If raining tomorrow, we'll cancel the picnic?

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Hit Girl

Senior Member
Korean
Hello,

Is this sentence correct?


"It raining tomorrow, we'll cancel the picnic."

According to the person who wrote it, 'it raining tomorrow' does the same thing as 'if it rains tomorrow'.
Is that so? It doesn't sound right to me so I thought I'd run it by the forum.

Thanks!
 
  • se16teddy

    Senior Member
    English - England
    It sounds wrong to me because raining and cancel do not have the same subject. Nevertheless, you might hear people say it: many native speakers are unfussy about this kind of agreement.
     

    Hit Girl

    Senior Member
    Korean
    It sounds wrong to me because raining and cancel do not have the same subject. Nevertheless, you might hear people say it: many native speakers are unfussy about this kind of agreement.
    Yes, the person says that's why he added 'it' in front of 'raining tomorrow'. It still sounds weird, doesn't it?
    If I really have to make something out of 'it raining', can I say 'It raining so much, I stayed home yesterday'? (past instead of future)
     

    Englishmypassion

    Senior Member
    India - Hindi
    I'm afraid I think Florentia's answer would be correct only if there were no "it" at the beginning of that sentence and the sentence started with "raining."
    In my opinion, the sentence in the OP is grammatically wrong, whatever the intended meaning.
     

    wandle

    Senior Member
    English - British
    Is this sentence correct?
    We are offered two different sentences: (1) 'If raining tomorrow, we'll cancel the picnic' (thread title); (2) 'It raining tomorrow, we'll cancel the picnic' (post 1).

    Both are incorrect. What is needed is a future open conditional: 'If it rains tomorrow, we will cancel the picnic'.

    Please note that in English, a clause (such as the first part of this sentence) requires a finite verb: that means a verb specified by person (first, second or third person), by number (singular or plural) and by tense (past, present, future etc.). In other words, a form such as 'raining' on its own is not enough.
     

    Hit Girl

    Senior Member
    Korean
    We are offered two different sentences: (1) 'If raining tomorrow, we'll cancel the picnic' (thread title); (2) 'It raining tomorrow, we'll cancel the picnic' (post 1).

    Both are incorrect. What is needed is a future open conditional: 'If it rains tomorrow, we will cancel the picnic'.

    Please note that in English, a clause (such as the first part of this sentence) requires a finite verb: that means a verb specified by person (first, second or third person), by number (singular or plural) and by tense (past, present, future etc.). In other words, a form such as 'raining' on its own is not enough.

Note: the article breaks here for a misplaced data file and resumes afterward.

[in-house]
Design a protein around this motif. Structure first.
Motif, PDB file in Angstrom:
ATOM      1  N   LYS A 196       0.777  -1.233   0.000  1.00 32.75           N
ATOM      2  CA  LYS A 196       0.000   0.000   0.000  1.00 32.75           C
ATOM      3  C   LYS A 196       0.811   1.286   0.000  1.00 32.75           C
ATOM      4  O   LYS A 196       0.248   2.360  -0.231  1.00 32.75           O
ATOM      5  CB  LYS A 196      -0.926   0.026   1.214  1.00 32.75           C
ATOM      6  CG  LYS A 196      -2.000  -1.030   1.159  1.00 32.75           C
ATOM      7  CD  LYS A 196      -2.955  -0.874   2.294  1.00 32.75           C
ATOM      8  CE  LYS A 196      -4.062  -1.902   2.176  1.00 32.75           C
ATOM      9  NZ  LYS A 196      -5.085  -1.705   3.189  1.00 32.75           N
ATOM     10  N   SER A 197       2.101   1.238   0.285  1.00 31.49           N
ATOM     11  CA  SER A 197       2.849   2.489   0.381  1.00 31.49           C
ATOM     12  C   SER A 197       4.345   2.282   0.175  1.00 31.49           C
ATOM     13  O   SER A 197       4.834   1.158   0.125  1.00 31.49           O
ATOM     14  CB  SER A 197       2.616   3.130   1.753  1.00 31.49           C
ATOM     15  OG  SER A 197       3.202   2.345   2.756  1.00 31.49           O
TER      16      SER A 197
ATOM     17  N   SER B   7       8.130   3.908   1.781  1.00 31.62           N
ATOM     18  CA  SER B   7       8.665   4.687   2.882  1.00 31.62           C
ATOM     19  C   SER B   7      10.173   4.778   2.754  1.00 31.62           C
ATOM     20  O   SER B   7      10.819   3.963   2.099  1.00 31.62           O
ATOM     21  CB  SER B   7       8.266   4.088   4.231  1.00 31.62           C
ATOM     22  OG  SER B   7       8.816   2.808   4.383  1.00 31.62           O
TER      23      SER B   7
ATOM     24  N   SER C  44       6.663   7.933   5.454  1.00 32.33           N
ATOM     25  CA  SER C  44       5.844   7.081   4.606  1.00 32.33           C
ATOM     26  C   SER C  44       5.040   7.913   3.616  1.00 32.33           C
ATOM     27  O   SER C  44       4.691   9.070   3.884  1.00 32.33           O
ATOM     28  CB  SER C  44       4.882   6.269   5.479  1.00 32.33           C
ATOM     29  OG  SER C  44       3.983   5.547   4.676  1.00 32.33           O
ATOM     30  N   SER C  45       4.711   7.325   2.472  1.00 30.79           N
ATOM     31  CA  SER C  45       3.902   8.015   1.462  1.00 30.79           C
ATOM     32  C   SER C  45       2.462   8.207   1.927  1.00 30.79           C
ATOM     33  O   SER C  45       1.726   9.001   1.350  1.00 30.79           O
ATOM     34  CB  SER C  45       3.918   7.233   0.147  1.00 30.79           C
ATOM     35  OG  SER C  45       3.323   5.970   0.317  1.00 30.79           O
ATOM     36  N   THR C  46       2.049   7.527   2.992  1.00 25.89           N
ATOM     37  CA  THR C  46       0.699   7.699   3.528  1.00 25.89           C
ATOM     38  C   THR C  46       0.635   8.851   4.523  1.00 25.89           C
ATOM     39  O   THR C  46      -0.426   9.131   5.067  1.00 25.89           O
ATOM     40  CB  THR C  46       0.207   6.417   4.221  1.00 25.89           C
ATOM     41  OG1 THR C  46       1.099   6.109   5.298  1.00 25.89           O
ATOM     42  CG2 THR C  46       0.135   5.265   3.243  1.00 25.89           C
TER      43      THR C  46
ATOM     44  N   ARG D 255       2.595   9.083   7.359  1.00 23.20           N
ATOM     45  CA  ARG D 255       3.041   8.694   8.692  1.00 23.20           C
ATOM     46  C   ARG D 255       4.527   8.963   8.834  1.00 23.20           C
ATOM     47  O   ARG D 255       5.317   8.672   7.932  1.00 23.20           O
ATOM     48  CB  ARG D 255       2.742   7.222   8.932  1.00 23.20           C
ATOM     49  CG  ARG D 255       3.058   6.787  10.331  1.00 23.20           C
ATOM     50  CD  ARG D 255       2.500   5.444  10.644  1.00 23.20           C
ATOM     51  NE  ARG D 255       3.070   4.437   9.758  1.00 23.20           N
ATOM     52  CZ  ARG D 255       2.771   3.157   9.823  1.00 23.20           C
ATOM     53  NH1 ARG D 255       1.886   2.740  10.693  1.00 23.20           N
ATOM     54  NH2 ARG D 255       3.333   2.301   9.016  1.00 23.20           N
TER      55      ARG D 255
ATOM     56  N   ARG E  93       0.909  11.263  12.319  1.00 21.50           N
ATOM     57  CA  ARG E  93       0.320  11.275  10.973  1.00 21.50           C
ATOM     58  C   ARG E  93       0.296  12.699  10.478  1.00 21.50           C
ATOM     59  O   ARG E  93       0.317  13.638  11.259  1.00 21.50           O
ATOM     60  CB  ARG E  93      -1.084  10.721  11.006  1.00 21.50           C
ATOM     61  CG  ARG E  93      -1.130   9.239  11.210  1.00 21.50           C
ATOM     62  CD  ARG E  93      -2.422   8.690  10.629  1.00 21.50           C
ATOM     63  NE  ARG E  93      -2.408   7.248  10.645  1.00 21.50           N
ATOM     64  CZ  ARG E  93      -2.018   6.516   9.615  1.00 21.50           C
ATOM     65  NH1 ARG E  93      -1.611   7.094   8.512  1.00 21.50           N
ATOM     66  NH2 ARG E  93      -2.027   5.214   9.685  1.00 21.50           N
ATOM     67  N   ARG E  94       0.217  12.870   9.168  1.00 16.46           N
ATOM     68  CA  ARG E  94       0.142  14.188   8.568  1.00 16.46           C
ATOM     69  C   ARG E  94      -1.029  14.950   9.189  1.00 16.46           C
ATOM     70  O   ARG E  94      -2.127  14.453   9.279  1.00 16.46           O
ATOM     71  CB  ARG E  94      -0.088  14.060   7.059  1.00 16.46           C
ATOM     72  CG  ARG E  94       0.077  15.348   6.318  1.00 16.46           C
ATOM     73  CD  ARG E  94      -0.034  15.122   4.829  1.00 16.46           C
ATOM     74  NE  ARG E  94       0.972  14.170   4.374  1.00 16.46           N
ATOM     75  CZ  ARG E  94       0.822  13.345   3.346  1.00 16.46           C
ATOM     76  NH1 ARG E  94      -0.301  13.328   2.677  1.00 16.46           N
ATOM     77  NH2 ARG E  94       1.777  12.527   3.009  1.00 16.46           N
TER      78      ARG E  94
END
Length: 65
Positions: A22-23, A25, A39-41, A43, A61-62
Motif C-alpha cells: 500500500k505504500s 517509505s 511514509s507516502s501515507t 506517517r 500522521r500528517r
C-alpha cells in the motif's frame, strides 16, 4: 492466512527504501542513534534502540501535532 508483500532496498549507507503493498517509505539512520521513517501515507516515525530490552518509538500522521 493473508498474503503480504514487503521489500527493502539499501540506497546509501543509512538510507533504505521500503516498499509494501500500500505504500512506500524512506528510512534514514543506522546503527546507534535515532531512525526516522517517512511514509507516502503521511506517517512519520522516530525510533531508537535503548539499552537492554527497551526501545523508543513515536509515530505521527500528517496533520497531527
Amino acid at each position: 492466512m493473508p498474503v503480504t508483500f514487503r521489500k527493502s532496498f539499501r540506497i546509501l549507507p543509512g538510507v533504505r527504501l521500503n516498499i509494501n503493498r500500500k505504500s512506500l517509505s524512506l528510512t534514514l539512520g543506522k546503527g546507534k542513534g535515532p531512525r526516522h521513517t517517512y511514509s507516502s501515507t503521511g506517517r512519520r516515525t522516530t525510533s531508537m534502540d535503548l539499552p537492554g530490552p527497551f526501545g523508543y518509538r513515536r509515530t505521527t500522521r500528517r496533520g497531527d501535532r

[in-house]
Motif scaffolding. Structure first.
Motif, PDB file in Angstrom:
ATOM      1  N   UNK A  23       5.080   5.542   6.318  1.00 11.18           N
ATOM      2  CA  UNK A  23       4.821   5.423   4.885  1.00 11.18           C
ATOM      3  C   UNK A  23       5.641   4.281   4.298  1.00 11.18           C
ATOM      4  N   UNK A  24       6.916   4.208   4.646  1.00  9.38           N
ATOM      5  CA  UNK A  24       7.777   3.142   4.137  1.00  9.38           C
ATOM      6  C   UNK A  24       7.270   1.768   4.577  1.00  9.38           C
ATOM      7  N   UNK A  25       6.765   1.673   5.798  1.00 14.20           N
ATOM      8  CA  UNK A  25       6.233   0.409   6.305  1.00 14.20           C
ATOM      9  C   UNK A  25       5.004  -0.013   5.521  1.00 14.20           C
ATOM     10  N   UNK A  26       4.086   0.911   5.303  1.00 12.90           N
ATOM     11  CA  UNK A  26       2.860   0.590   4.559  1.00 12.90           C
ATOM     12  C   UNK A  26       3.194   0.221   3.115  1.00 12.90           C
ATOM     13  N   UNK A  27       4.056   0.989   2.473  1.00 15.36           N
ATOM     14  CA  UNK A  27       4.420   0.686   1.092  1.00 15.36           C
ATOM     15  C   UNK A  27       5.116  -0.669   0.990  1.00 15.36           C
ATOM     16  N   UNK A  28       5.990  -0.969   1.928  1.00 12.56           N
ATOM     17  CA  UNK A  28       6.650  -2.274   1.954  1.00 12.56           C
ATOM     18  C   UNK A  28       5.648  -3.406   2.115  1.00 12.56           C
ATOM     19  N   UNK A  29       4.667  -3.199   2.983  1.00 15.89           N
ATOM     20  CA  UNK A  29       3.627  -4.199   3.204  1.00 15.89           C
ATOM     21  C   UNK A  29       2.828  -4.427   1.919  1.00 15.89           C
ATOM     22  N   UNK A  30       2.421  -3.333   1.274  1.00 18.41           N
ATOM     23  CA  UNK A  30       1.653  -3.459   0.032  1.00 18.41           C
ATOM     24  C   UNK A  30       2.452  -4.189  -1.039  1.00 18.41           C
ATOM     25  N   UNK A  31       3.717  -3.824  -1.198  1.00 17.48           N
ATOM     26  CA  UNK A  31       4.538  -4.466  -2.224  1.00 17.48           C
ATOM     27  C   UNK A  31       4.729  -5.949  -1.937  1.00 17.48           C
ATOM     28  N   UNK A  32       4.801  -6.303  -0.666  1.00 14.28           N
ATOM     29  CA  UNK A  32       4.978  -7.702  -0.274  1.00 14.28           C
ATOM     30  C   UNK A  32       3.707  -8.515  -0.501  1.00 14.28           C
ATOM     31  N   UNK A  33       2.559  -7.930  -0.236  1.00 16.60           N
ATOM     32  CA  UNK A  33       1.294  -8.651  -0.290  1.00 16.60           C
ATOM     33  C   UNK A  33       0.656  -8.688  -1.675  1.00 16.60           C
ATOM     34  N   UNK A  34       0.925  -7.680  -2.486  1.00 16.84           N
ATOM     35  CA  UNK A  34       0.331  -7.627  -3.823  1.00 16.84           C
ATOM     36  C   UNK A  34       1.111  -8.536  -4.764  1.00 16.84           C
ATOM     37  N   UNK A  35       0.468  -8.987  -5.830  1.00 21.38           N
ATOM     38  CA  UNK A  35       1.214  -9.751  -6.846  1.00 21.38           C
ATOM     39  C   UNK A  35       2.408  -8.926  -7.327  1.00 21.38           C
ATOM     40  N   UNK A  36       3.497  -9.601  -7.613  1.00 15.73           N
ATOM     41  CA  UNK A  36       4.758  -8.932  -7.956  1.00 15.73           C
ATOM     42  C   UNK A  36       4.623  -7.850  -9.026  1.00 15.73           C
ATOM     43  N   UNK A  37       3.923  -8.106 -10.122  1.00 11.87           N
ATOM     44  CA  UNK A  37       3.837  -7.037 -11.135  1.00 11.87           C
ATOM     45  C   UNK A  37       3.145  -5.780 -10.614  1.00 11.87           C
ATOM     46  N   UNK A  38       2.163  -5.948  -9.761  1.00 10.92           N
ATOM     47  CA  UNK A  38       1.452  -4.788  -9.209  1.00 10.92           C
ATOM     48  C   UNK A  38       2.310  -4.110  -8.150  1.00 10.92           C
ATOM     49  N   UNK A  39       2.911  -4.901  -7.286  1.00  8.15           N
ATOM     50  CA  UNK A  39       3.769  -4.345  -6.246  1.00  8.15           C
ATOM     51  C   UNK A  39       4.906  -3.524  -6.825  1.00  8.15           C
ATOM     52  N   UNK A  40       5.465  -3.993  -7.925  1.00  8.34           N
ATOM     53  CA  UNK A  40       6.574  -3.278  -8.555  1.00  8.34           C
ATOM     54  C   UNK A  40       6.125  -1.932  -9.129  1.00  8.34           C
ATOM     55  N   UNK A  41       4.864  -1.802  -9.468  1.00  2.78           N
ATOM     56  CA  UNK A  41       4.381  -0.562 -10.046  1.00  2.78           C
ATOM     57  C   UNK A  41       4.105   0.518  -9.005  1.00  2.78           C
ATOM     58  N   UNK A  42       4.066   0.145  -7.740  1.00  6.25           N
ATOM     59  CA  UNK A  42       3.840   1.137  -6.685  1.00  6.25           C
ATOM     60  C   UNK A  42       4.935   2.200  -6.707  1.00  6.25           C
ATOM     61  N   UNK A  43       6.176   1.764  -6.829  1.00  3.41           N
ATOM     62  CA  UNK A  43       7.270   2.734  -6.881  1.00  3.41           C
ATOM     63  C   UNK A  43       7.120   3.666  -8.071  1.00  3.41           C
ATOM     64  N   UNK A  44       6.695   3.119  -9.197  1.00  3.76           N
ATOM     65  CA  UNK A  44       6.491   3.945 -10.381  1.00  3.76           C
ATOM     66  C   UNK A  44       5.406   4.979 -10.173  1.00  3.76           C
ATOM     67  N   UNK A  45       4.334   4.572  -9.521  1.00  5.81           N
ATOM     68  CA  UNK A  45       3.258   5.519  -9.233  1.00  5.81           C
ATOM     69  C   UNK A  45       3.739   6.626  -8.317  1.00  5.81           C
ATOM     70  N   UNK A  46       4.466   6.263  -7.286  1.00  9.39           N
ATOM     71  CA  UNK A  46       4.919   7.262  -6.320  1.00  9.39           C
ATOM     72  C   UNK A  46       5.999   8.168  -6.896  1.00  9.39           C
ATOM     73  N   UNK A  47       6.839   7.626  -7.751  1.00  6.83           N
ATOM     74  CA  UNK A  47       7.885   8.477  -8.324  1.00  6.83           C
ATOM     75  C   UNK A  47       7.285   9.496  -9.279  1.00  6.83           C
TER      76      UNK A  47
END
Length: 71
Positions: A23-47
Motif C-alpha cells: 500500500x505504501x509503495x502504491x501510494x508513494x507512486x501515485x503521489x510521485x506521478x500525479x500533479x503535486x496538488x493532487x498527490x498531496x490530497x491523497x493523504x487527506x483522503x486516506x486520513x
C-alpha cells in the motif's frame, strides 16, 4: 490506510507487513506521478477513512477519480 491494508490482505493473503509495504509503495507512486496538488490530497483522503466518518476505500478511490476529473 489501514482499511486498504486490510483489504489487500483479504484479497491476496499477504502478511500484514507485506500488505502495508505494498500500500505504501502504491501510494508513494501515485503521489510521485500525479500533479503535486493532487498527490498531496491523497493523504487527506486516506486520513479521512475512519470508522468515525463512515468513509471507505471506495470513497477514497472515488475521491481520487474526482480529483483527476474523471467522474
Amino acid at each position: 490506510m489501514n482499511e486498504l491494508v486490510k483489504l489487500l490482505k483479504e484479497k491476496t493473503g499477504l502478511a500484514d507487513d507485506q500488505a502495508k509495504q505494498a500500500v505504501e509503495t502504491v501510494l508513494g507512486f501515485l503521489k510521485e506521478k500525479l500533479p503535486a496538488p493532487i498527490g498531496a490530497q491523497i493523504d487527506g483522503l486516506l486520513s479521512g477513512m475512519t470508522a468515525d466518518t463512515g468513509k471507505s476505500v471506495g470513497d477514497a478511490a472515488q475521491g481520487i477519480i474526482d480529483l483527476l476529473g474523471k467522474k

Oh thanks! I meant to type 'It raining tomorrow' on the title as well. Thank you for the explanation.
     

    Hit Girl

    Senior Member
    Korean
    I'm afraid I think Florentia's answer would be correct only if there were no "it" at the beginning of that sentence and the sentence started with "raining."
    In my opinion, the sentence in the OP is grammatically wrong, whatever the intended meaning.
    Thank you. I thought so.
     

    Barque

    Senior Member
    Tamil
    According to the person who wrote it, 'it raining tomorrow' does the same thing as 'if it rains tomorrow'.
    Are you sure he didn't mean "If raining tomorrow..."? It's still incorrect but much closer to correct than "It raining tomorrow..."
     

    Hit Girl

    Senior Member
    Korean
    Are you sure he didn't mean "If raining tomorrow..."? It's still incorrect but much closer to correct than "It raining tomorrow..."
    Yes, I'm sure he definitely meant 'IT raining tomorrow' because he was talking about dangling participle? So this is how he went about explaining the concept -
    He said 'Raining tomorrow, we'll cancel the picnic' is an example of dangling participle. In order to correct it, he said we need to add 'IT' in front of 'raining', thus 'It raining tomorrow, we'll...'.
    I feel that's not a good example and it doesn't even sound right or natural before or after the correction...
     

    Florentia52

    Modwoman in the attic
    English - United States
    I'm afraid I think Florentia's answer would be correct only if there were no "it" at the beginning of that sentence and the sentence started with "raining."
    In my opinion, the sentence in the OP is grammatically wrong, whatever the intended meaning.
    I agree. I was reading both versions as "If raining..."
     

    kentix

    Senior Member
    English - U.S.
    I feel that's not a good example and it doesn't even sound right or natural before or after the correction...
    I agree with you about all of it.

    You need not just "if" or "it", you need both... and an "is".

    "If it's raining tomorrow, we'll cancel the picnic."
     
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